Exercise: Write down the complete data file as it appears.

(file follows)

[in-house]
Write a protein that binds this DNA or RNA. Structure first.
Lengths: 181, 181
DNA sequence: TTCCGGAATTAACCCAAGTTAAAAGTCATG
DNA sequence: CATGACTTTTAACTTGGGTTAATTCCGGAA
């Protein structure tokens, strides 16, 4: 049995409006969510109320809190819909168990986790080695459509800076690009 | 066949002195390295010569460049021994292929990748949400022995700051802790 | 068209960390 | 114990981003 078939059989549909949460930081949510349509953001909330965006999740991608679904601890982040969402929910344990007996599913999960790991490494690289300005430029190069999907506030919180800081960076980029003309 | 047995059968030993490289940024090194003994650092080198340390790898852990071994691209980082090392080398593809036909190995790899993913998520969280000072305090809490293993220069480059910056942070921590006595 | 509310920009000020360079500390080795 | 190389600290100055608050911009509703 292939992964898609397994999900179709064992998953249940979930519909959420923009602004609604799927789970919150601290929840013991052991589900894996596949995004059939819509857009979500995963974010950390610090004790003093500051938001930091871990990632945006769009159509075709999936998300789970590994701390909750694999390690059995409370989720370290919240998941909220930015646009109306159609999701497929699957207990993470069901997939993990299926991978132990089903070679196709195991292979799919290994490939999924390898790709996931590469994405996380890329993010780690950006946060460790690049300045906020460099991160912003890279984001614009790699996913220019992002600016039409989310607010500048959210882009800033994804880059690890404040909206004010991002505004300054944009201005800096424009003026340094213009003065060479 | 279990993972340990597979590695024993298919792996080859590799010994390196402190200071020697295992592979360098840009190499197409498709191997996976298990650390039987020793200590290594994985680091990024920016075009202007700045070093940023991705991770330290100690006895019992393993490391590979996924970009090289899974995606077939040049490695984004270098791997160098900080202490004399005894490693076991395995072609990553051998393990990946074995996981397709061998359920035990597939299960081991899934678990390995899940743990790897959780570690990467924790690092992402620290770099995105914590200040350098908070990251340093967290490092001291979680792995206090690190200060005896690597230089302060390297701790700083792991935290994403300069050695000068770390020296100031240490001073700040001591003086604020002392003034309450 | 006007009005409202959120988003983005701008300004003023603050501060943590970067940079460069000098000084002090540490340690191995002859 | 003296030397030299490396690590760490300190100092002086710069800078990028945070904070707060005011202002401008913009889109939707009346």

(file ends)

[in-house]
Write a protein that binds this DNA or RNA. Structure first.
Lengths: 181, 181
DNA sequence: TTCCGGAATTAACCCAAGTTAAAAGTCATG
DNA sequence: CATGACTTTTAACTTGGGTTAATTCCGGAA
């Protein structure tokens, strides 16, 4: 049995409006969510109320809190819909168990986790080695459509800076690009 | 066949002195390295010569460049021994292929990748949400022995700051802790 | 068209960390 | 114990981003 078939059989549909949460930081949510349509953001909330965006999740991608679904601890982040969402929910344990007996599913999960790991490494690289300005430029190069999907506030919180800081960076980029003309 | 047995059968030993490289940024090194003994650092080198340390790898852990071994691209980082090392080398593809036909190995790899993913998520969280000072305090809490293993220069480059910056942070921590006595 | 509310920009000020360079500390080795 | 190389600290100055608050911009509703 292939992964898609397994999900179709064992998953249940979930519909959420923009602004609604799927789970919150601290929840013991052991589900894996596949995004059939819509857009979500995963974010950390610090004790003093500051938001930091871990990632945006769009159509075709999936998300789970590994701390909750694999390690059995409370989720370290919240998941909220930015646009109306159609999701497929699957207990993470069901997939993990299926991978132990089903070679196709195991292979799919290994490939999924390898790709996931590469994405996380890329993010780690950006946060460790690049300045906020460099991160912003890279984001614009790699996913220019992002600016039409989310607010500048959210882009800033994804880059690890404040909206004010991002505004300054944009201005800096424009003026340094213009003065060479 | 279990993972340990597979590695024993298919792996080859590799010994390196402190200071020697295992592979360098840009190499197409498709191997996976298990650390039987020793200590290594994985680091990024920016075009202007700045070093940023991705991770330290100690006895019992393993490391590979996924970009090289899974995606077939040049490695984004270098791997160098900080202490004399005894490693076991395995072609990553051998393990990946074995996981397709061998359920035990597939299960081991899934678990390995899940743990790897959780570690990467924790690092992402620290770099995105914590200040350098908070990251340093967290490092001291979680792995206090690190200060005896690597230089302060390297701790700083792991935290994403300069050695000068770390020296100031240490001073700040001591003086604020002392003034309450 | 006007009005409202959120988003983005701008300004003023603050501060943590970067940079460069000098000084002090540490340690191995002859 | 003296030397030299490396690590760490300190100092002086710069800078990028945070904070707060005011202002401008913009889109939707009346």